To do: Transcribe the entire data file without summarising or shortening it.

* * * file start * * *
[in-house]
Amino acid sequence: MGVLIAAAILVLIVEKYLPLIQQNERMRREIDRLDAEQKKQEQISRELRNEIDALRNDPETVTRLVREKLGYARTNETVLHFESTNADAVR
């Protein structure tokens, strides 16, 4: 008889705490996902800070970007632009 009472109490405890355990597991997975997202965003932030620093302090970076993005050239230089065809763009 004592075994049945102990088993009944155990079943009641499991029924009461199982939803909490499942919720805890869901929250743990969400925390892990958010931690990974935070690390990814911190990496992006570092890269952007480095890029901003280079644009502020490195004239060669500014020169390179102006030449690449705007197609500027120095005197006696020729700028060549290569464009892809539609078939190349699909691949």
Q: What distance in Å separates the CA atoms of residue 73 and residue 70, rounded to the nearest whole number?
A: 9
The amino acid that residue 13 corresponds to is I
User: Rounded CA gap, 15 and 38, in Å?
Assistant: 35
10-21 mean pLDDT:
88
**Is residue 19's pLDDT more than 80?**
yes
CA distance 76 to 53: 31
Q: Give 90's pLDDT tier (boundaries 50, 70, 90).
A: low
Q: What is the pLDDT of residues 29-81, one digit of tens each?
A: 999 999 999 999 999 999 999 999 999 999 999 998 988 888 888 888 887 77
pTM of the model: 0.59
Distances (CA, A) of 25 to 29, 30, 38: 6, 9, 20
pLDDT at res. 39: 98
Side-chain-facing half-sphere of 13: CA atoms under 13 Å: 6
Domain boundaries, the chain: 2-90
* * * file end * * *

[in-house]
Amino acid sequence: MGVLIAAAILVLIVEKYLPLIQQNERMRREIDRLDAEQKKQEQISRELRNEIDALRNDPETVTRLVREKLGYARTNETVLHFESTNADAVR
């Protein structure tokens, strides 16, 4: 008889705490996902800070970007632009 009472109490405890355990597991997975997202965003932030620093302090970076993005050239230089065809763009 004592075994049945102990088993009944155990079943009641499991029924009461199982939803909490499942919720805890869901929250743990969400925390892990958010931690990974935070690390990814911190990496992006570092890269952007480095890029901003280079644009502020490195004239060669500014020169390179102006030449690449705007197609500027120095005197006696020729700028060549290569464009892809539609078939190349699909691949």
Q: What distance in Å separates the CA atoms of residue 73 and residue 70, rounded to the nearest whole number?
A: 9
The amino acid that residue 13 corresponds to is I
User: Rounded CA gap, 15 and 38, in Å?
Assistant: 35
10-21 mean pLDDT:
88
**Is residue 19's pLDDT more than 80?**
yes
CA distance 76 to 53: 31
Q: Give 90's pLDDT tier (boundaries 50, 70, 90).
A: low
Q: What is the pLDDT of residues 29-81, one digit of tens each?
A: 999 999 999 999 999 999 999 999 999 999 999 998 988 888 888 888 887 77
pTM of the model: 0.59
Distances (CA, A) of 25 to 29, 30, 38: 6, 9, 20
pLDDT at res. 39: 98
Side-chain-facing half-sphere of 13: CA atoms under 13 Å: 6
Domain boundaries, the chain: 2-90